UK parliament asks Zuckerberg to testify in data misuse case

UK parliament asks Zuckerberg to testify in data misuse case

UK parliament asks Zuckerberg to testify in data misuse case

If you happen to do a Google search on Facebook and Cambridge Analytica in one sentence you will come across headlines such as; "50 million Facebook profiles harvested for Cambridge Analytica", "Facebook shares drop amid fallout from Cambridge Analytica scandal" and "Exposed: How Cambridge Analytica influenced Kenyan poll".

The move comes as international controversy continues to grow following reports a British-owned political consultancy firm, Cambridge Analytica, sought to influence the 2016 US presidential election by mining the personal information of up to 50m people in the US.

The company is said to have spent approximately $1M to collect this data, "We spent almost a million dollars doing this, it wasn't some tiny pilot project it was the core of what Cambridge Analytica became".

Cambridge Analytica says it does not engage in bribery or entrapment and says the Channel 4 News report was a misrepresentation of how the company conducts its business.

Senate Commerce Committee Chairman John Thune, R-South Dakota, and two subcommittee chairs, Mississippi's Roger Wicker and Kansas' Jerry Moran sent a letter to Zuckerberg and Strategic Communications Laboratories Group CEO Nigel Oakes requesting information and a briefing on sharing of individual Facebook user data.

Macquarie Research outlined three areas of risk to Facebook and its stock from the ongoing scandal: Political and legal risk for Facebook, people starting to dislike social media, and the potential of Mark Zuckerberg taking radical action to respond to the Cambridge Analytica scandal which could reduce Facebook revenue. Logistics for the meeting are still being worked out, including who from the company will be involved in the briefing, says the official. However, after the firm missed the deadline, Denham told Britain's Channel 4: "I'll be applying to the court for a warrant".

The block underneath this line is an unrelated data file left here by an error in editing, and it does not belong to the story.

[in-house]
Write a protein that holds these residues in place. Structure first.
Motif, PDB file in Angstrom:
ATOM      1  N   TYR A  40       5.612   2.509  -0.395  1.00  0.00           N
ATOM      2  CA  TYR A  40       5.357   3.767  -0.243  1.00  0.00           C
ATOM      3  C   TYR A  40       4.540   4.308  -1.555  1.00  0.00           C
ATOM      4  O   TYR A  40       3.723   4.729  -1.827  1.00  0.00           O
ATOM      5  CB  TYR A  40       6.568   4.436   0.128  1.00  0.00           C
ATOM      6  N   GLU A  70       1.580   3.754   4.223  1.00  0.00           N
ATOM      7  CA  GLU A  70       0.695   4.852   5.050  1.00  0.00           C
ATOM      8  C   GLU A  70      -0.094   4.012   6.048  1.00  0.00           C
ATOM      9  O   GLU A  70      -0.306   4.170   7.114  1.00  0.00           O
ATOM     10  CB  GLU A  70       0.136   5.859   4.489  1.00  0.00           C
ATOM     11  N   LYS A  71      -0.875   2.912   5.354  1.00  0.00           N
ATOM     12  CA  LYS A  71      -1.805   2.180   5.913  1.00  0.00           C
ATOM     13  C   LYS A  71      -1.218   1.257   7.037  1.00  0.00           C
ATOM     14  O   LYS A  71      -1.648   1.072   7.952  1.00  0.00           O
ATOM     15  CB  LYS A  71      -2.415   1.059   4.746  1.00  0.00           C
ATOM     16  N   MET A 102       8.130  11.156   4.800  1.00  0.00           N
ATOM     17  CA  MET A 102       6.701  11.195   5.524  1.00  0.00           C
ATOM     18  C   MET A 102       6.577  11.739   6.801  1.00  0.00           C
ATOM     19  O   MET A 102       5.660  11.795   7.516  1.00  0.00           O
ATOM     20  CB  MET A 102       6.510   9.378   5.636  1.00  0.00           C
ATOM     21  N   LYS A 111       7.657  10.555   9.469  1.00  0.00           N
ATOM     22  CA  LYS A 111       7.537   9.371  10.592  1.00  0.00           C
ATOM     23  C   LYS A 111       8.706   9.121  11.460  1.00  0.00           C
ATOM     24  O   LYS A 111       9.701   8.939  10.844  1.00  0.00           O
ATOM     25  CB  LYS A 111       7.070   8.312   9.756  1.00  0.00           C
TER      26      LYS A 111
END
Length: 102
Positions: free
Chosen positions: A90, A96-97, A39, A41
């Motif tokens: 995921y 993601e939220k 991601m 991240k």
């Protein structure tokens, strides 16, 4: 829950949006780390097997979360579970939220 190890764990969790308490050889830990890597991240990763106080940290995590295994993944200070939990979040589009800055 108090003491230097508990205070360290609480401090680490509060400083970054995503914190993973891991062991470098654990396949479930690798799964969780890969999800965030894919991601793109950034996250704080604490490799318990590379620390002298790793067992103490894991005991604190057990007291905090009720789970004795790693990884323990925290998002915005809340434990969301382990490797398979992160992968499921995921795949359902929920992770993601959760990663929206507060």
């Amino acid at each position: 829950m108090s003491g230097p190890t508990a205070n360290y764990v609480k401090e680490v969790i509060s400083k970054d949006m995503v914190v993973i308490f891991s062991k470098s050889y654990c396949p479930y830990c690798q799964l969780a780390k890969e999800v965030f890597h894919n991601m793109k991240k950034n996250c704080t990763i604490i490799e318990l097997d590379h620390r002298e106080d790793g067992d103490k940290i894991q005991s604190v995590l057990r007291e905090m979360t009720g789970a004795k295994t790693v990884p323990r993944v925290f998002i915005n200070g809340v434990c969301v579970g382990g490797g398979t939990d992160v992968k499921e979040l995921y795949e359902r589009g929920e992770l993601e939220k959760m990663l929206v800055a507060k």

The Facebook revelations have also prompted bipartisan, transatlantic concern.

It will also reveal email addresses previously associated with your account, topics of ads which may be targeted to you and the metadata contained in photos uploaded to Facebook.

The company at the center of the Facebook data breach boasted of using honey traps, fake news campaigns and operations with former spies to swing election campaigns around the world, a new investigation showed.

A Facebook spokesman confirmed that the company would be holding a townhall Tuesday, where a deputy general counsel would answer questions about the Cambridge Analytica developments. But who are they, and why is this so significant?

UK parliament asks Zuckerberg to testify in data misuse case
UK parliament asks Zuckerberg to testify in data misuse case

Citing an unnamed source, Bloomberg reported that the FTC would examine whether the social media company violated a 2011 consumer consent agreement over Facebook's handling of users' data and how it notifies them of changes to its policies.

On Monday, Canadian Privacy Commissioner Daniel Therrien voiced his concern that political parties are not currently bound by the same data collection laws that apply to commercial companies.

Wylie said in the interview that he thinks the company was unethical in the way it "played with the psychology of an entire nation without its consent", in particular with its perception of the "democratic process".

Rep. Patrick McHenry, a Republican from Denver in western North Carolina, paid Cambridge Analytica $15,000 for "polling and research" work in 2014, according to FEC filings.

"We are not alone in using data from social media sites to extract user information", Cambridge Analytica said.

In his letter, Mr Collins continued: "There is a strong public interest test regarding user protection".

The Information Commissioner Elizabeth Denham is looking to slap Cambridge Analytica with a search warrant after it was accused of distributing fake news campaigns.

Andy Davies, Channel 4 News Home Affairs Correspondent, spoke to James O'Brien about the revealing film.

Facebook officials have also tentatively agreed to brief members of the House Judiciary Committee, said a congressional official familiar with the talks.

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